CUNA joined with other trade organizations Monday to file an amicus brief with the U.S. Supreme Court regarding a lawsuit that raises important questions about the scope of the Fair Housing Act. CUNA filed an amici curiae brief in April in City of Miami v. Wells Fargo and City of Miami v. Bank of America, and the Supreme Court agreed to hear the case in June.
The city of Miami brought suit against the two banks arguing that discriminatory actions against city residents entitles the city to damages for indirect harm. The city argued that foreclosures and other events stemming from unfavorable mortgages resulted in lost revenue from lower property taxes and other incurred expenses.
“These cities are not within the zone of interests protected by the Fair Housing Act. In enacting the FHA, Congress sought to protect individuals’ right to fair housing and to live in integrated communities,” reads CUNA’s brief, filed Monday. “It demonstrated no concern with cities’ interest in protecting their tax revenues as an objective of the FHA.”
CUNA warned that the lower court ruling could set a bad precedent that would allow other entities, such as neighboring residents, municipalities and even local businesses, to maintain suits against financial institutions, even if the entity never had any direct dealings with a credit union or bank.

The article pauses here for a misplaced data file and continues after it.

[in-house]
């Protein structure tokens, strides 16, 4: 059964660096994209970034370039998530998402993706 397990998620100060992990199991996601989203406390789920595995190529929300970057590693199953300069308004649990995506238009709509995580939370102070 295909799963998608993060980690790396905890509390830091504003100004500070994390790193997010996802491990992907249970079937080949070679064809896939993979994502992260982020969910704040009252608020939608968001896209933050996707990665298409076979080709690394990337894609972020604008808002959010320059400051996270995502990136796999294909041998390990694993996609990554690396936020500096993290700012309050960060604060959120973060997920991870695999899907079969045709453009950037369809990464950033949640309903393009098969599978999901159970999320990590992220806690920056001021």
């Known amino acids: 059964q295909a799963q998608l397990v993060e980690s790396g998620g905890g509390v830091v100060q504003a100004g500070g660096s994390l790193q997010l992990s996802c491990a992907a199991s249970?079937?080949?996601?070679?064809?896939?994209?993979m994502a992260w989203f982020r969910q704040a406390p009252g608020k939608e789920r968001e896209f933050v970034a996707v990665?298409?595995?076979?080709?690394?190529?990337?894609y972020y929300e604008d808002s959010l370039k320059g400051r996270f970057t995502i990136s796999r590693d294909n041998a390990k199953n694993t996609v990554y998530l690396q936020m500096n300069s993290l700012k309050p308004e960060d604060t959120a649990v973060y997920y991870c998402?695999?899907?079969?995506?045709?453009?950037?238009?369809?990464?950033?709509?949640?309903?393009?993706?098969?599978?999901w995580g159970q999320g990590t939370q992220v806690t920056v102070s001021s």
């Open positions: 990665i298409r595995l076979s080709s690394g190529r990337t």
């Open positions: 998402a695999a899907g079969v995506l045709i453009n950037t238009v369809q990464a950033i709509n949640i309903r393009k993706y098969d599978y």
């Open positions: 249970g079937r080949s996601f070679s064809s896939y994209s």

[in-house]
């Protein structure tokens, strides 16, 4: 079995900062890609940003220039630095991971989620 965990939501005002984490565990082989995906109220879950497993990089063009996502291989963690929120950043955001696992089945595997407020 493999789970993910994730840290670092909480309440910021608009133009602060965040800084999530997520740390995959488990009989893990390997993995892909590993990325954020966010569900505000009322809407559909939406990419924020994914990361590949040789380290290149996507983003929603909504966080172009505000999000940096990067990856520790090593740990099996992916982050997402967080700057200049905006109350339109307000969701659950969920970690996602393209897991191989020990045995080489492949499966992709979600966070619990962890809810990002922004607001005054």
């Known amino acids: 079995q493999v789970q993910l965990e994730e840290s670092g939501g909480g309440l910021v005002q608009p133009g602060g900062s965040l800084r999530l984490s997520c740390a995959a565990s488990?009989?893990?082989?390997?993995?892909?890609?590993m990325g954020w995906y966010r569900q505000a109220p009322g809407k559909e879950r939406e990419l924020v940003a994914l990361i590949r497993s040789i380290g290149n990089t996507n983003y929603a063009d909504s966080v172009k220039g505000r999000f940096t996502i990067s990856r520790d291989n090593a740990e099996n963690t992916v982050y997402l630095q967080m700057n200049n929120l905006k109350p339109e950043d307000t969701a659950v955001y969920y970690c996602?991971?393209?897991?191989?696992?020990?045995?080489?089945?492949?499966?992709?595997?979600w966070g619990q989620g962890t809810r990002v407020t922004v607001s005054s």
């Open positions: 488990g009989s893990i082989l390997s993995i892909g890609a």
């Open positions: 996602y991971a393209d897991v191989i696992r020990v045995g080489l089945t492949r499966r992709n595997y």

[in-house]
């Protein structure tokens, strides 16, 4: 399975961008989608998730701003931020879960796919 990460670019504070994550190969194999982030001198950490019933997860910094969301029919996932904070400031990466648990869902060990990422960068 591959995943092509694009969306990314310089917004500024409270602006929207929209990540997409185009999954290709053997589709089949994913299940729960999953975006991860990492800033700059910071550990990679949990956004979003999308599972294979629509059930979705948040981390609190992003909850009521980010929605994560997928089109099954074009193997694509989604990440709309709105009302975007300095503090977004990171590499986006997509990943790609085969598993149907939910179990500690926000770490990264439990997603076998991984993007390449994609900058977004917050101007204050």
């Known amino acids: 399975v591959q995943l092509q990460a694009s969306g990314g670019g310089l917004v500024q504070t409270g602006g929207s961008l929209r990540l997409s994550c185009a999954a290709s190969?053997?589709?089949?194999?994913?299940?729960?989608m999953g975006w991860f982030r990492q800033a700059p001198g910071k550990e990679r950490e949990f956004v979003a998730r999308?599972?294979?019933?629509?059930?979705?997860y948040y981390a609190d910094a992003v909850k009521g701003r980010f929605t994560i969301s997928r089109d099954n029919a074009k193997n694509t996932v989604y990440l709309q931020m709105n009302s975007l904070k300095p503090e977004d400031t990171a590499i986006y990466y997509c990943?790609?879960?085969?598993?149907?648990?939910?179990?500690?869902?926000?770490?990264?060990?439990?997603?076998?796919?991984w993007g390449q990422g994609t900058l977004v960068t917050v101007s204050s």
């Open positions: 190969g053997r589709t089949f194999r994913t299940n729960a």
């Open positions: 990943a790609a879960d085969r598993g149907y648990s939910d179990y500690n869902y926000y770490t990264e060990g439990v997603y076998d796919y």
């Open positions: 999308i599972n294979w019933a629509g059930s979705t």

The 11th Circuit Court previously decided that Miami had a claim against the two banks, which led CUNA to join with other trade organizations to urge the Supreme Court to reverse the decision.
Since the city of Miami is claiming injury that is economic in nature, rather than the FHA mandate of preventing discrimination, CUNA believes that the damages claimed by Miami are“neither necessary nor appropriate in enforcing the [FHA’s] important anti-discrimination efforts.”
In addition to CUNA, the brief was filed by the American Bankers Association, American Financial Services Association, Consumer Bankers Association, Consumer Mortgage Coalition, Housing Policy Council of the Financial Services Roundtable, Independent Community Bankers of America, Mortgage Bankers Association and National Association of Federal Credit Unions.